What does HVAC mean?
The term HVAC first needs to be understood. This term stands for Heating, Ventilation and Air Conditioning. Older heating units from the 1950s through to the late 1970s were generally a simple unit that consisted of a heater only. When the thermostat called for heat a burner was ignited, the fan started and it heated the area that was being controlled. Today there are small microprocessors or computers that monitor and control the entire process for heating and cooling. The primary controlling device for HVAC units is the thermostat.
Thermostats control the temperature in our home and work environments. The thermostat is fed power from the HVAC unit by a step down transformer into a voltage that is safe for the exposed environment the thermostat is placed.
How Much Power Does an HVAC System Require?
The general low voltage of the thermostat is 24 volts or less depending on the HVAC unit. This voltage is transformed to a lower voltage generally from 120 volts or 240 volts AC, alternating current. Some units will also use a DC, direct current for a safer and more accurate control signal. The transformer used for DC control is also known as a regulated DC power supply. As the power signal is a steady current or voltage. This low voltage will also control the operation of the motors contactors to switch the circulation fan and air conditioning compressor on and off.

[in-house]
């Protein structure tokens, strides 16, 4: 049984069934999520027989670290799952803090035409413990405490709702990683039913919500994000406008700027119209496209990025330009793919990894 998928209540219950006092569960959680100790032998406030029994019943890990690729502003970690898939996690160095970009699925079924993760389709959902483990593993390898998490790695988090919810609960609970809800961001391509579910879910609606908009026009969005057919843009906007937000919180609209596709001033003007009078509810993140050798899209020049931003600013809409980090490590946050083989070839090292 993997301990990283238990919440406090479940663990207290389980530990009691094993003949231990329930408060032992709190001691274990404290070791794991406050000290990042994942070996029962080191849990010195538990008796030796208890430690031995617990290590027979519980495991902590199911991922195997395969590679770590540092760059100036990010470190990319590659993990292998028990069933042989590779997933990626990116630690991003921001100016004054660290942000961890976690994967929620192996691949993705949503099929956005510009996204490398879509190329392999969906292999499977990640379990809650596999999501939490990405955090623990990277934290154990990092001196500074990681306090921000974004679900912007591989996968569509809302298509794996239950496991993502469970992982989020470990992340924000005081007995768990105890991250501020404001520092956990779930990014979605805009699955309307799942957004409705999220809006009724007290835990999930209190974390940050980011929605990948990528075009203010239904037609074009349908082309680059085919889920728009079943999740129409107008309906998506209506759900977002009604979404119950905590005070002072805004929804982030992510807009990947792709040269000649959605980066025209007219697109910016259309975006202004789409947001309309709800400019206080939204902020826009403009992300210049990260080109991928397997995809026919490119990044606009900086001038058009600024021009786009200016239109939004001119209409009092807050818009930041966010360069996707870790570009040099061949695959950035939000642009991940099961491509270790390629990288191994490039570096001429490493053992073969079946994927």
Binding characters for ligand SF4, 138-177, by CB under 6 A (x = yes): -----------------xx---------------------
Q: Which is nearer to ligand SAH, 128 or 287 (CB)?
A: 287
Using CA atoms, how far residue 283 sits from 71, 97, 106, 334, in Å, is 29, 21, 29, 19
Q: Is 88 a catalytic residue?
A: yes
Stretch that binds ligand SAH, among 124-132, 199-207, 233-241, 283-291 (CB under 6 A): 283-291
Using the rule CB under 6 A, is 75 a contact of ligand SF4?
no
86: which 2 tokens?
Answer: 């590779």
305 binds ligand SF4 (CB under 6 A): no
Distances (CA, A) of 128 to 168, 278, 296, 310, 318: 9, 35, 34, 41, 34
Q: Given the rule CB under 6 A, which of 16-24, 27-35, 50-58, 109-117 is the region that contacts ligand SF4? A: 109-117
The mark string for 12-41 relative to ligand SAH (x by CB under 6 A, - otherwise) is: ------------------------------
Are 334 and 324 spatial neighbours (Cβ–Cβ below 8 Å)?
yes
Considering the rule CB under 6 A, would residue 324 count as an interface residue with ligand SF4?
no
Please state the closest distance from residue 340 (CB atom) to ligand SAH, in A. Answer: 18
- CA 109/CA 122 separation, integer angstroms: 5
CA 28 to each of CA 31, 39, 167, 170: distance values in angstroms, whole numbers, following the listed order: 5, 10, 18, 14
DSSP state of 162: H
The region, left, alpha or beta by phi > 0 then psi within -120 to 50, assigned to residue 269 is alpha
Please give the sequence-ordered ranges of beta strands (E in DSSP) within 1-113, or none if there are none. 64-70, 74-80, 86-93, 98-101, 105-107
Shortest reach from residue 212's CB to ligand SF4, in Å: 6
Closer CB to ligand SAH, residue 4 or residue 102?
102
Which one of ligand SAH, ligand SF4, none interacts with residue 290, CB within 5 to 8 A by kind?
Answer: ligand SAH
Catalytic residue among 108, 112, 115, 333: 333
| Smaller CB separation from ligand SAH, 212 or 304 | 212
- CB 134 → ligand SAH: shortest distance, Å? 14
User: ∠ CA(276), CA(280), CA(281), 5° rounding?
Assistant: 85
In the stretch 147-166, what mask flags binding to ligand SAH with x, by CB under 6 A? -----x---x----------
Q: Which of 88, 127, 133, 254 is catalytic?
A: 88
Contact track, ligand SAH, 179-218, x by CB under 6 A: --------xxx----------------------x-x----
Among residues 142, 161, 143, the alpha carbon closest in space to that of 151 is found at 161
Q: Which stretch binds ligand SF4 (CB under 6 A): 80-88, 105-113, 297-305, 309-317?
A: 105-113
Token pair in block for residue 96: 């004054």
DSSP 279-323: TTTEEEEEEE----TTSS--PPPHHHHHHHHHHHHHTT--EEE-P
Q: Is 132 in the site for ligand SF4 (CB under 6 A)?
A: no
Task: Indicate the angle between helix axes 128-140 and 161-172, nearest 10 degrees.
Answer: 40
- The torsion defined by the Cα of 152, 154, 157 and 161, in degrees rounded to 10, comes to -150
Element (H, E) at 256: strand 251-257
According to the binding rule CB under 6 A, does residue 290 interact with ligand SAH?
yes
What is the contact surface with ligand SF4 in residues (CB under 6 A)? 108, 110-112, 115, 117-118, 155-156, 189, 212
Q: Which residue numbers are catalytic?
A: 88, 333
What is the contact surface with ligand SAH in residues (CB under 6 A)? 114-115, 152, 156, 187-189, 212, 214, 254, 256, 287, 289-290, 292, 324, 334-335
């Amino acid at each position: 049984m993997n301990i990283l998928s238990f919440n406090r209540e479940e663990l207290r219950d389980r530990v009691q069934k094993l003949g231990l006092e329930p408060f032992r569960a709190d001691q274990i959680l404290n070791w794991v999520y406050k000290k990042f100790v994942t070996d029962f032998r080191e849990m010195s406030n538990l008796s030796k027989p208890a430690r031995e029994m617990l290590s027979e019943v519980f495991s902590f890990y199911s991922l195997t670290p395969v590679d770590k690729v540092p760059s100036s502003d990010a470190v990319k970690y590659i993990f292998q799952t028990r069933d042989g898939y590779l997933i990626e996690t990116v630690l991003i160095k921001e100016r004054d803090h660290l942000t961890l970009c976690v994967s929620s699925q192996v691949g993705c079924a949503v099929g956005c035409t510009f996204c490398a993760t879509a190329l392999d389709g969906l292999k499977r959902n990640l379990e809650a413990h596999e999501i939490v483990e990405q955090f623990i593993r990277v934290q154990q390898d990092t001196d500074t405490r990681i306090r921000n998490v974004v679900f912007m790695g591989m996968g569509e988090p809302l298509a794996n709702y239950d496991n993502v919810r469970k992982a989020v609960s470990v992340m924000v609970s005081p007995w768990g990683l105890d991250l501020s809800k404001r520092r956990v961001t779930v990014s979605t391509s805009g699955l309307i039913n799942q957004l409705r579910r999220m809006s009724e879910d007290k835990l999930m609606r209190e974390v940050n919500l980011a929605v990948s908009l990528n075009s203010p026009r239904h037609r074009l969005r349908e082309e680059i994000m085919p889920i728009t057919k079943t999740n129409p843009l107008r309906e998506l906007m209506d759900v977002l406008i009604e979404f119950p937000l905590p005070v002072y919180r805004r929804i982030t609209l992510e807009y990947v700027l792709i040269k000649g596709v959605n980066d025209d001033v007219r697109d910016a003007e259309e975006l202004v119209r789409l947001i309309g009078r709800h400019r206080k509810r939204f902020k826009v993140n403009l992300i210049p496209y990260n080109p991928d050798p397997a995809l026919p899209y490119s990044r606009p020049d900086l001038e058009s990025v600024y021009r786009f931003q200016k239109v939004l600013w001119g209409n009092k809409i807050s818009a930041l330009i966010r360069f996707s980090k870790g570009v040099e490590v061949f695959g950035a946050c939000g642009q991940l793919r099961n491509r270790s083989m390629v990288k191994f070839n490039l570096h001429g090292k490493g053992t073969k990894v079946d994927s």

How Does an HVAC System Manage Energy Surges?
Some HVAC units will utilize what is known as a voltage regulator transformer. This transformer helps to condition the incoming voltage from any spikes that can occur in the power. You may notice these spikes when a light bulb may seem a little brighter or the power will just go off for a second or blinks. The voltage regulator transformer aids in smoothing out the spikes so it will not damage the internal circuitry used for controlling the HVAC unit.
How is Heating Accomplished?
Heating your home is accomplished by burning fuel, natural gas, propane or fuel oil or the use of electrical resistance coils to produce the heat. Older gas or fuel oil burners require a spark to ignite the fuel source. This spark is created by a step up transformer. This particular transformer can generate a voltage in the thousands of volts, generally in the range of 3000 to 8000 volts, depending on the unit. Electrical resistance heaters do not require a transformer as they use the line voltage to energize the heating coils.
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